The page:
There are a number of steps you should go through, even if you think you already know what you’re doing, to ensure success each and every time. In doing so, you may be surprised by what you will learn about your business, the people you’ve hired to work for you, and your role and perception in the community.
- Determine objective. Is your goal to stimulate trial purchases by new customers or to stimulate more frequent purchases by current customers? Are you aiming to increase your average transaction, enhance your image, boost employee productivity or morale, stimulate community awareness, or a combination of these? These are all important goals, but you need to determine which ones you want to achieve first, second, and so on, and which are most easily and effectively executed.
- Be specific. If your objective is to get new customers to try you out, what is a reasonable goal –an increase in new customers of 5 percent, 10 percent, or 15 percent? Would it be reasonable to shoot for an increase in customer frequency from three purchases a month to four? If your objective is to increase your average sale, what is a reasonable increase based on your current pricing? If your objective is employee morale, how much can you reduce employee turnover by running this promotion?
- Be realistic in your goals. Success is rarely achieved in one fell swoop. Remember, this is a way of life, Each incremental improvement builds on the last. If you get too ambitious, you and your staff will quickly become frustrated and disappointed and you will be less enthusiastic next time. Set your goals high enough to make a difference and low enough to have the best chance of success.
- Set your strategy. Once you’ve established your objectives and selected some tactics, you must decide how to make those tactics successful. What can you afford, and how can you maximize your results?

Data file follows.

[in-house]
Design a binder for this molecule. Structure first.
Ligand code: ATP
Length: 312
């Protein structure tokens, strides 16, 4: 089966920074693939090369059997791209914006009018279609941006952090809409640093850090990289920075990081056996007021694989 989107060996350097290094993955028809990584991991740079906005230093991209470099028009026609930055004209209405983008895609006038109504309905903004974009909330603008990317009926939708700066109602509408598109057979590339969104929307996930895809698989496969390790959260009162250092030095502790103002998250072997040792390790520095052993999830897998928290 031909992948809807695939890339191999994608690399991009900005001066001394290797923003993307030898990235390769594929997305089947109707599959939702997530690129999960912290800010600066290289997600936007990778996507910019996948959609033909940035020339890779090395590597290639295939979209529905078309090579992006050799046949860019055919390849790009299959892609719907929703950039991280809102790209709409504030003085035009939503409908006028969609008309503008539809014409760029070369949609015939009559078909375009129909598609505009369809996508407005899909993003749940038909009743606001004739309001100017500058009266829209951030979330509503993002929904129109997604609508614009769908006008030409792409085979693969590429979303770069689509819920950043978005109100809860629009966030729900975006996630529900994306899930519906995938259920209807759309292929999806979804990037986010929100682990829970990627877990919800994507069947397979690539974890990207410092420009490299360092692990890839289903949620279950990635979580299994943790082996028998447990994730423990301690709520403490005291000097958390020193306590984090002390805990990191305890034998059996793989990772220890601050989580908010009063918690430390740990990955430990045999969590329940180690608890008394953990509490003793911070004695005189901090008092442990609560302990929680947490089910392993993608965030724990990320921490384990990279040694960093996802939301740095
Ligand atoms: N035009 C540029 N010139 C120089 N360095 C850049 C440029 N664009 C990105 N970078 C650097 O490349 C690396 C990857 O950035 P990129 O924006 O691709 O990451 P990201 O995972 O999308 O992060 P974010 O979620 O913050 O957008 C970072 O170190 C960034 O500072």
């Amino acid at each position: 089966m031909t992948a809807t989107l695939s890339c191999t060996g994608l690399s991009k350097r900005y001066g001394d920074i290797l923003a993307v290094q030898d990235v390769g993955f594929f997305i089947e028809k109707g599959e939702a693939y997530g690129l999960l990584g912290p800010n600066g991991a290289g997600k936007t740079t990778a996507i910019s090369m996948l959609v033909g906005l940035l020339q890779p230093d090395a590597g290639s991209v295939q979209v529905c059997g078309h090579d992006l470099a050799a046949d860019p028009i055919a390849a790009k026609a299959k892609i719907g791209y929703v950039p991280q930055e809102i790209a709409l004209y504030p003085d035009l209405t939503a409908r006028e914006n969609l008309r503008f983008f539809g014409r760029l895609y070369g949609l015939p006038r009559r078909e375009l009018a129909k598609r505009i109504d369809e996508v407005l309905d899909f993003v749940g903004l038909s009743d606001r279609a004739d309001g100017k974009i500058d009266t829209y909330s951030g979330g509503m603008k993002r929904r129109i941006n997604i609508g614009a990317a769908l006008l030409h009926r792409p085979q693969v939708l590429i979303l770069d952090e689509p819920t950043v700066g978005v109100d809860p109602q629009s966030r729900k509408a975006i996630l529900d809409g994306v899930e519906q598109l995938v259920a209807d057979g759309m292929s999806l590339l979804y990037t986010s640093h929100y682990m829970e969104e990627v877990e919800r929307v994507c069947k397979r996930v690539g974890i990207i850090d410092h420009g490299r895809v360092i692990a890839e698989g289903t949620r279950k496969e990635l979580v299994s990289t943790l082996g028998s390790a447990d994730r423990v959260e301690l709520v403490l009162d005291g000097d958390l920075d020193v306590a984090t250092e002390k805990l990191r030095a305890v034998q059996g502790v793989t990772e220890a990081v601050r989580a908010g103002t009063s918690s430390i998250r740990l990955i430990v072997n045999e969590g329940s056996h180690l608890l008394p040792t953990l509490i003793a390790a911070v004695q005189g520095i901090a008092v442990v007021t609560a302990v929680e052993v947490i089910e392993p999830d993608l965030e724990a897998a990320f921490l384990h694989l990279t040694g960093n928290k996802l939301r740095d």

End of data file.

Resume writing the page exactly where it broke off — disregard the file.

- Consider various aspects. Consider such aspects as timing; frequency; capitalizing on local events; seasonal population variations; competitive challenges that call for extra effort; variable costs of materials, labor, and real estate; and other factors that are unique to your situation.
- Create a plan. Create a carefully thought –out plan for each promotion, and make sure that each promotion is slotted into its proper place in your long-term objectives.
- Zero in on your target. What type of customer does your business attract – upscale, blue-collar, families, singles, ethnic groups? Ideally, the group or groups that are predominant in your neighborhood (within a 10-minute drive of your front door ) should be most attracted to your concept. Once you’ve zeroed in on your target audience, review your tactical options and pick those that would most appeal to that audience and would be the most appropriate.
- Calculate your payout. Almost every promotional tactic that is intended to increase sales have measurable results and produce a profit. You should know many new customers you need in order to cover the costs of your promotion. How many of those new customers must you convert to regular customers to consider the promotion a success? If you do your homework ahead of time, you’ll be able to tell how realistic your objectives are and what, if any, adjustments are necessary for next time.
- Improving employee morale or improving the image of your business is more difficult, but not impossible, to measure. Ask yourself, or your bookkeeper or accountant, “ What does it cost us to hire and train a new employee? “or “ How much traffic will an improved image generate ?” In most cases, you can find a way to track the results of a promotion.
- Remember, if you can measure it, you can manage it. Or, as Yogi Berra once said, “ If you don’t know where you’re going, you might end up someplace else !”
Check the calendar. You shouldn’t be mailing announcements today for a promotion that starts tomorrow.